When Catholics and Protestants talk about justification, our discussions usually center on the question of faith and works. Do we need to do good works to be justified, or is faith alone sufficient? For Catholics, it is the former, and for most Protestants, it is the latter. However, that is not the only way our understandings of this crucial topic differ. We also disagree on the nature of justification, and in this article, I want to take a look at this equally important difference between us and our separated brethren.
For most Protestants, justification is merely a legal declaration. God considers us righteous, but we’re still just as sinful as we were before, and only after that declaration does he begin to sanctify us and make us truly holy. However, for us Catholics, that declaration actually makes us righteous. Just like his word at creation, God’s word that declares us righteous actually makes it happen, so it is the start of our lifelong process of sanctification.
So which side is right? Is justification really just a legal declaration, or does it actually make us righteous too? There is a lot we can say about this question, but we don’t have space to get into all the ins and outs of the debate. Instead, I just want to focus on one small part of it. I want to look at arguably the strongest evidence for the Protestant understanding of justification and see how well it holds up under scrutiny.
Becoming God’s Righteousness
The best evidence for the Protestant view comes from a verse in one of St. Paul’s most difficult letters:
“For our sake he made him to be sin who knew no sin, so that in him we might become the righteousness of God.” (2 Corinthians 5:21)
To understand the argument based on this passage, we have to start with the phrase at the very end, “the righteousness of God.” This is a phrase Paul uses numerous times throughout his letters, and it has traditionally been seen as the righteousness God gives us when he justifies us. So with that background, the Protestant argument here is pretty straightforward.
Jesus didn’t literally become “sin” on the cross. Rather, God punished him as if he were sin, so when we “become the righteousness of God,” it likewise does not mean that we literally become righteous. Instead, God simply considers us righteous, just like he simply considered Jesus sinful and punished him for it in our place.
“Made Him to Be Sin”
And at first glance, that seems to make a lot of sense. The point that Jesus didn’t literally become sin looks just about airtight, and the rest flows pretty naturally from it. But, as usual, there is more here than meets our 21st-century Western eyes. Let’s start with the first half of the verse, where Paul says that God “made [Jesus] to be sin.” Contrary to what we might think at first, this does not actually mean that God considered Jesus sinful and punished Him for it.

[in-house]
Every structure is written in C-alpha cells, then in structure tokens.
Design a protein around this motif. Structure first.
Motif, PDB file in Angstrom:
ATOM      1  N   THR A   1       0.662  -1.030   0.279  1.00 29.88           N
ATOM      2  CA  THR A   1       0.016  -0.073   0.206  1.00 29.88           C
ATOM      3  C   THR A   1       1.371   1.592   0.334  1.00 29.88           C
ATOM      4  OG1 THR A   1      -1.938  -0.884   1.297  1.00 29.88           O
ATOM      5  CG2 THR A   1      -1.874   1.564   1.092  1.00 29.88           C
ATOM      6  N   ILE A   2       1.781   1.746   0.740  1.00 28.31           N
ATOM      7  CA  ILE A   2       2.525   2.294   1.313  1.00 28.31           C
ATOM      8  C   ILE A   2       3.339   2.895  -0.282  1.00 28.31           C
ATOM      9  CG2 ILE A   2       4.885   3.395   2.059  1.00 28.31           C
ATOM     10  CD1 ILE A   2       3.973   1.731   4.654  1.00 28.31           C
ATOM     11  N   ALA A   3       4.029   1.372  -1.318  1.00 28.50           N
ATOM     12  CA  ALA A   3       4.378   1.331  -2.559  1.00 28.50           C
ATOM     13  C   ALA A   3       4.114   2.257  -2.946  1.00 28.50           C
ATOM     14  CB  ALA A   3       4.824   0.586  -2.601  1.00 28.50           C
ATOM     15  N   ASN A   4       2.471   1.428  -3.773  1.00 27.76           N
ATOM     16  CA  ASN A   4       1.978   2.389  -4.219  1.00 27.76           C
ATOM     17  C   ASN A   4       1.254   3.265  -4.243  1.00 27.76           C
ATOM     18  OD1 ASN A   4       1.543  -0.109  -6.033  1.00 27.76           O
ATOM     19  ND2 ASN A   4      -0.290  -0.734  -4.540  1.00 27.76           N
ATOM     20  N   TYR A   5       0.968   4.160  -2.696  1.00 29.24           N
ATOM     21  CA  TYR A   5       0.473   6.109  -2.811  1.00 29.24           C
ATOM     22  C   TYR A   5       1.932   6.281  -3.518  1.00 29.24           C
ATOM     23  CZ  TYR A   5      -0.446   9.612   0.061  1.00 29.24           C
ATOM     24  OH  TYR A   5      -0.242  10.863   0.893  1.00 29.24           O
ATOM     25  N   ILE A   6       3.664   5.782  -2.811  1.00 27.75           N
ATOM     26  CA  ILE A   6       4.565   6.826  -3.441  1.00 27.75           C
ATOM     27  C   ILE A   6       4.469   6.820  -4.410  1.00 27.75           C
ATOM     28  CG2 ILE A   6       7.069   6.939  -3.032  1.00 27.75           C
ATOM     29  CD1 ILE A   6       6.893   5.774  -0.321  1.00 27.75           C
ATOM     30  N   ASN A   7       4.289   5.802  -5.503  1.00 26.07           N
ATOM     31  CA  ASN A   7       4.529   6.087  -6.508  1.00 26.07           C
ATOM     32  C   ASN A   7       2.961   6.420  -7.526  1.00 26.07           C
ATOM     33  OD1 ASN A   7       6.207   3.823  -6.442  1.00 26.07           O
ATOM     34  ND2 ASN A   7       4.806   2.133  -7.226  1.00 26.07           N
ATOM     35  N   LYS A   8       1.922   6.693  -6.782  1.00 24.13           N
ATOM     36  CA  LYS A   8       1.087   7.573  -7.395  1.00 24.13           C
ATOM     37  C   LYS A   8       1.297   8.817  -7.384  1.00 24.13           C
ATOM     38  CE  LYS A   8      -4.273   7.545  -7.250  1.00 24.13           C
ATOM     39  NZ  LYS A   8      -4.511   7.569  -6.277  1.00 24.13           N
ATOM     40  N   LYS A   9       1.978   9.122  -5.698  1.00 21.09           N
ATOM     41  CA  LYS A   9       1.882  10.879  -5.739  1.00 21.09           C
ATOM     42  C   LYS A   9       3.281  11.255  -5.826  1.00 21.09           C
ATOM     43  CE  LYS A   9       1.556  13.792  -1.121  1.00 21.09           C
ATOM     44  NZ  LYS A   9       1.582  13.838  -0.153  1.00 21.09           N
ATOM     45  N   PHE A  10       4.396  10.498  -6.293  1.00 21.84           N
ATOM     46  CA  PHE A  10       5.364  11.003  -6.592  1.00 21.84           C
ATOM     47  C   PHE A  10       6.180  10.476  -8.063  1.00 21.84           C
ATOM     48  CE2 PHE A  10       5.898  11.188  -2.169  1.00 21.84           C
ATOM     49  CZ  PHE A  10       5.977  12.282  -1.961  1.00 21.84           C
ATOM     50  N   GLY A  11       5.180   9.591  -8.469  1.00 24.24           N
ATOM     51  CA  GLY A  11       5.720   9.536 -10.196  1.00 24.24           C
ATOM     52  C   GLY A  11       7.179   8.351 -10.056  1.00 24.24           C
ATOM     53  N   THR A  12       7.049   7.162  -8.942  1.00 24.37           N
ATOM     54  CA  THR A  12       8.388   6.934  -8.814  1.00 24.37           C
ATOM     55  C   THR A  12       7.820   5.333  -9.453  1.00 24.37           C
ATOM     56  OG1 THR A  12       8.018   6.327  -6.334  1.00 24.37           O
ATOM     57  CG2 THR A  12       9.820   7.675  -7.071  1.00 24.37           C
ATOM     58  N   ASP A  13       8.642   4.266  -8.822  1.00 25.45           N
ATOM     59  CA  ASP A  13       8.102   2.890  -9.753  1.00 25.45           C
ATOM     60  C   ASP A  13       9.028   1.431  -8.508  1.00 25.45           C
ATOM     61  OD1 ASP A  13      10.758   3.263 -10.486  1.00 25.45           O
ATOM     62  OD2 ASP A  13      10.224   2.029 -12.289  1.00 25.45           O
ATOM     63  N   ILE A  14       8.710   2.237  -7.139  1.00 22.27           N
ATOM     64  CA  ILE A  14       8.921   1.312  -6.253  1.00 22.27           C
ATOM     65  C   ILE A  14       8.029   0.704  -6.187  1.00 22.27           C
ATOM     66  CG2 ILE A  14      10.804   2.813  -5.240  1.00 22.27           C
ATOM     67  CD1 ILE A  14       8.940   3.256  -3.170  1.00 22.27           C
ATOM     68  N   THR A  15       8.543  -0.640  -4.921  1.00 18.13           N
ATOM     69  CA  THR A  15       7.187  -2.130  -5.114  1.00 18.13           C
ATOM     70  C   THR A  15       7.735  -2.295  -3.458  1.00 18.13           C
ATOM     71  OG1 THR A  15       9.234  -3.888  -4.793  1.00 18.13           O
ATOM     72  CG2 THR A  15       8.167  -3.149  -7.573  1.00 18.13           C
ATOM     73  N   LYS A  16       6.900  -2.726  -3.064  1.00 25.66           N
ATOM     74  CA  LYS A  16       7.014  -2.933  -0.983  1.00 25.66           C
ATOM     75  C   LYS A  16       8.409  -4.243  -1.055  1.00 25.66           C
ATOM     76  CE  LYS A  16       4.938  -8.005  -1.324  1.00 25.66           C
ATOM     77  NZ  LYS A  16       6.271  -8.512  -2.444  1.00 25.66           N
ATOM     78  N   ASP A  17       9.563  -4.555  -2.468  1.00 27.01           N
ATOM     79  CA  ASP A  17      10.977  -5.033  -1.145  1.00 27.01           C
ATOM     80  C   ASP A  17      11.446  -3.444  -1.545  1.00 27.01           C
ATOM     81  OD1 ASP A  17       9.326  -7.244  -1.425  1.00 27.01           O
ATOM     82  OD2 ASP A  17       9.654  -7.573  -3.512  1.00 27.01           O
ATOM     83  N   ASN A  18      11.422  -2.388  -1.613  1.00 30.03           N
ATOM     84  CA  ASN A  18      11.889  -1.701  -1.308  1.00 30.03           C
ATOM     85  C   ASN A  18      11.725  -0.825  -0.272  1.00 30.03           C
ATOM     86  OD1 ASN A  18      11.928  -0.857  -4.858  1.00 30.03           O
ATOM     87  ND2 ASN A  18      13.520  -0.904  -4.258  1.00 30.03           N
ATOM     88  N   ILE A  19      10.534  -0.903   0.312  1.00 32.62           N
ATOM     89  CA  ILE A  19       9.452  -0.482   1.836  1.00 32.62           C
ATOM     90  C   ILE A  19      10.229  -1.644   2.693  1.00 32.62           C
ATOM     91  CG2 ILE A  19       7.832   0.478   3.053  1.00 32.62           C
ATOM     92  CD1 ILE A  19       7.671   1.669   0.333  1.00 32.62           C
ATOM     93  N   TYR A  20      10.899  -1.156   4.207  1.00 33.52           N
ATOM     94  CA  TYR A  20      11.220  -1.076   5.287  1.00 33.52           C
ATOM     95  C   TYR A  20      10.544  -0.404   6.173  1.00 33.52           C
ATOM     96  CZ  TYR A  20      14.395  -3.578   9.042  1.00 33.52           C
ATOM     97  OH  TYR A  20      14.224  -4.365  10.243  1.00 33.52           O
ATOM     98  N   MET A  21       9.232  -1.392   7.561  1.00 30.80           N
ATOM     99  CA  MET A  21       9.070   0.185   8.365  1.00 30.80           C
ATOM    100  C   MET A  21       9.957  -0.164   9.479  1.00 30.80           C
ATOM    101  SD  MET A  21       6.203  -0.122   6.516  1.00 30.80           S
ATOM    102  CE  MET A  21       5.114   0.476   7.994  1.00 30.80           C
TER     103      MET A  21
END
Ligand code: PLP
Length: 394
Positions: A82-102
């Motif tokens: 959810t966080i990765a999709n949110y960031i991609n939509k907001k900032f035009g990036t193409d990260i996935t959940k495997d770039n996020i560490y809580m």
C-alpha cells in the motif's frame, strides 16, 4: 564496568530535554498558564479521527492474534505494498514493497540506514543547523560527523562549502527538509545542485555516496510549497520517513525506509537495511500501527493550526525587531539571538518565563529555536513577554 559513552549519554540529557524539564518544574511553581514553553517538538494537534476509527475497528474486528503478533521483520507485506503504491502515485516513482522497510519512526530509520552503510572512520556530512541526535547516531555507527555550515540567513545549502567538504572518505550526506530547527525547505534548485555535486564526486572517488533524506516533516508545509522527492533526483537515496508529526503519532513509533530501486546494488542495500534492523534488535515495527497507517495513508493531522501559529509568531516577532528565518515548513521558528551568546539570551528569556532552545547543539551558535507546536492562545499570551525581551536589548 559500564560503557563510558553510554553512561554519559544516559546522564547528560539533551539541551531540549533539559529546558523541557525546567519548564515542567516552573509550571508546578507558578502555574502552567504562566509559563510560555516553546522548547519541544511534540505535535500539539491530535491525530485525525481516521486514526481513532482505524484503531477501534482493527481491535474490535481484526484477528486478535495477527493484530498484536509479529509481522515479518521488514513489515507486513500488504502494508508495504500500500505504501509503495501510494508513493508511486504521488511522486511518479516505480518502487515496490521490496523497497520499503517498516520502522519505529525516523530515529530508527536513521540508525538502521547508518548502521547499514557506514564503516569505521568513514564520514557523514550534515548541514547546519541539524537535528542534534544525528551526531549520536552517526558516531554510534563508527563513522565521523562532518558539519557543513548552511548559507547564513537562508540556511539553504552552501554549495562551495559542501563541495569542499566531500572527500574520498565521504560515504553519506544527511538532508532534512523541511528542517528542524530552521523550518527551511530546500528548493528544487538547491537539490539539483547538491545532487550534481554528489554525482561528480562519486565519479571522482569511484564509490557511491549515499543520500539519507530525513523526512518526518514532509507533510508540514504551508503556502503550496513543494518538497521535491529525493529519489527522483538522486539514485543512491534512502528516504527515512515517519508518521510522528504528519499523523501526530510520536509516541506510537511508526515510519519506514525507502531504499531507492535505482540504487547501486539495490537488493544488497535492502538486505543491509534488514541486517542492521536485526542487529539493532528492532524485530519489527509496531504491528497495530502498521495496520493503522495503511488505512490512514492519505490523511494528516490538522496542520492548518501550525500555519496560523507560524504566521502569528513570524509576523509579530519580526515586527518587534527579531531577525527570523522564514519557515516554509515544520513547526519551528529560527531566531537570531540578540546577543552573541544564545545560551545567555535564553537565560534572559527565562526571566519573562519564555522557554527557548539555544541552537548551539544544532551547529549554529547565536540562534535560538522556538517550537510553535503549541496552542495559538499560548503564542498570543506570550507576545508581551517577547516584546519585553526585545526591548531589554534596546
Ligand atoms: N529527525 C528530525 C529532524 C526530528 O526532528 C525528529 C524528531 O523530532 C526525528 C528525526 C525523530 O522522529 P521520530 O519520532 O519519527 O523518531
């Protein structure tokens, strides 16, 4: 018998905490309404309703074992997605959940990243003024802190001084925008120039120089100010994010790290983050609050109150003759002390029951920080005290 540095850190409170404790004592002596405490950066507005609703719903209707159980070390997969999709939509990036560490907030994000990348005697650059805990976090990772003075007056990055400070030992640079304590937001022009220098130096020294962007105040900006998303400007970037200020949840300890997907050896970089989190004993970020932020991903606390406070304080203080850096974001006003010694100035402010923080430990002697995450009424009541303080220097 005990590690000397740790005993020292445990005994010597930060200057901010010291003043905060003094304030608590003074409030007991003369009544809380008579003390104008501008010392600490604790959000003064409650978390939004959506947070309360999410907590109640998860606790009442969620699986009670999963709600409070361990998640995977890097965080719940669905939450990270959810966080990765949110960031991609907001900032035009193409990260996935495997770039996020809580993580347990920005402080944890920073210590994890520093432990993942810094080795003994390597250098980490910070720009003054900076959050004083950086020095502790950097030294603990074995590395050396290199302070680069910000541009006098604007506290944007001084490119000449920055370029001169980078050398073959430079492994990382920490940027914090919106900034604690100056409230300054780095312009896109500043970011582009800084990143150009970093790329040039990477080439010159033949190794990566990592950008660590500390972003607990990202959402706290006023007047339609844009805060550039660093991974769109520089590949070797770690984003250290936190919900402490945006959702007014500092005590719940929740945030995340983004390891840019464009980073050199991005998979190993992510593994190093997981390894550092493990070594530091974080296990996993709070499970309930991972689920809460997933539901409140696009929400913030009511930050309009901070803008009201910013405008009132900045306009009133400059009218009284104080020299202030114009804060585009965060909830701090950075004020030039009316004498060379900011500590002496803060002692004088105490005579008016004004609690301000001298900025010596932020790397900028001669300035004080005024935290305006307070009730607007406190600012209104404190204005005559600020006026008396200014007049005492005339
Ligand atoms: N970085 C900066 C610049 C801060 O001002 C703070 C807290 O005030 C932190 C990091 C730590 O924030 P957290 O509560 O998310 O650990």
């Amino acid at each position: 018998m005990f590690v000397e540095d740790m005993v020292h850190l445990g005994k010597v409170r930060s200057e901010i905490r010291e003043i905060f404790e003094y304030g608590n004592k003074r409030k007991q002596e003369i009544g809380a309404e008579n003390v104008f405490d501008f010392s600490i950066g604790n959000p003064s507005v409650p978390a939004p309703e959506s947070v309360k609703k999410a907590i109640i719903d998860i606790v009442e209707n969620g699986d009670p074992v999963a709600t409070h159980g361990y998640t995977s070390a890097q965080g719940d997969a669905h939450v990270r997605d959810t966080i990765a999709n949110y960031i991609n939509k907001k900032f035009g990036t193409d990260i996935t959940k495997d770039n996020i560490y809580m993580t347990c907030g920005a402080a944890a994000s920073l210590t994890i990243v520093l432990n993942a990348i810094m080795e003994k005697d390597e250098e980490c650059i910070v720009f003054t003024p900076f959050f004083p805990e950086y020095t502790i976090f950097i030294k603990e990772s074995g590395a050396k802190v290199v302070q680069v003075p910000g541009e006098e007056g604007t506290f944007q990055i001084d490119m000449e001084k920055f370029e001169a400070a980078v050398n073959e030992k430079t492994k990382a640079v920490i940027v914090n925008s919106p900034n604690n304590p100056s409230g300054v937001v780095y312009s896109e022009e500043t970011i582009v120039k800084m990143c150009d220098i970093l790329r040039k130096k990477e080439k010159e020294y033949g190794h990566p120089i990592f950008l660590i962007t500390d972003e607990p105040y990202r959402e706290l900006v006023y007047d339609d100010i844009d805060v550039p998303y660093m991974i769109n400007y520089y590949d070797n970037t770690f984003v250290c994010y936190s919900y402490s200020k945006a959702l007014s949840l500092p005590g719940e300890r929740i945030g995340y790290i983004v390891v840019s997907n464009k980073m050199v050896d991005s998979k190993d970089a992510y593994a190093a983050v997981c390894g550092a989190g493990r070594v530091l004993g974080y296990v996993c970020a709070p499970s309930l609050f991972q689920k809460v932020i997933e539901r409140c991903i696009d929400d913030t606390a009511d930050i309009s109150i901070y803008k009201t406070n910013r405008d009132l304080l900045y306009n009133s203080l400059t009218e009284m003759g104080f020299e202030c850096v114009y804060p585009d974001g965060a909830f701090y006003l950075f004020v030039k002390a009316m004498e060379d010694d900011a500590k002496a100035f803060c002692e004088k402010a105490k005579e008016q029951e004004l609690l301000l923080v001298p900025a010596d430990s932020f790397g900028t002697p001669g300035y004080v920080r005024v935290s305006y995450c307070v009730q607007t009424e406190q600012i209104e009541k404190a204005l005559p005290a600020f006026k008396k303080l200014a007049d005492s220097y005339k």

In the Old Testament, God gave the Israelites instructions for several different kinds of sacrifices, and one of them was called a “sin offering” (as you can probably guess, it was offered for the forgiveness of people’s sins). Significantly, in both the original Hebrew and the ancient Greek translation known as the Septuagint, the word for sin offering is just “sin” (for example, Leviticus 4:33, 5:8). We insert the word “offering” to make it work in English, but it is not there in the ancient languages.
Consequently, when Paul wrote in Greek that Jesus “became sin,” he most likely had this background in mind, so he actually meant that Jesus became a sin offering. He was saying that Jesus offered Himself on the cross for the forgiveness of our sins, just like the ancient Israelites would offer animal sacrifices for the forgiveness of their sins.
“The Righteousness of God”
Next, let’s move on to the second half of the verse, where St. Paul explains that we “become the righteousness of God.” Like I said before, Paul talks about “the righteousness of God” several times throughout his letters, and in recent decades, many New Testament scholars have come to realize that the traditional interpretation of this phrase is actually incorrect. It does not refer to the righteousness God gives us. Rather, it refers to God’s own righteousness, and to see this, we can look at some verses that bookend a small section of Paul’s Letter to the Romans:
“But now the righteousness of God has been manifested.” (Romans 3:21)
“…to prove his righteousness because of the forgiveness of sins previously committed, through the forbearance of God—to prove his righteousness in the present time, that he might be righteous and justify the one who has faith in Jesus.” (Romans 3:25-26)
Romans 3:21-26 is a literary unit, and it begins and ends with references to God’s righteousness being shown through the saving death of Jesus Christ. Significantly, the three references at the end (“his righteousness” twice and “that he might be righteous”) clearly refer to God’s own righteousness, not the righteousness he gives us, so the phrase “the righteousness of God” at the beginning of this section must mean that as well.
St. Paul’s Real Meaning
When we take this understanding back to 2 Corinthians 5:21, Paul’s teaching that we “become the righteousness of God” cannot mean that God simply considers us righteous when He justifies us. Paul is referring to God’s own righteousness, not the righteousness God gives us, so he is not even talking about justification.
Rather, he is just saying that Jesus’ sacrifice on the cross enables us to become the manifestation of God’s righteousness. In other words, his point is that God demonstrates his righteousness by saving us from our sins through Jesus Christ, so this text has nothing to do with the Protestant understanding of justification. In fact, it doesn’t tell us anything about the nature of justification, so as far as this particular debate is concerned, it is little more than a red herring.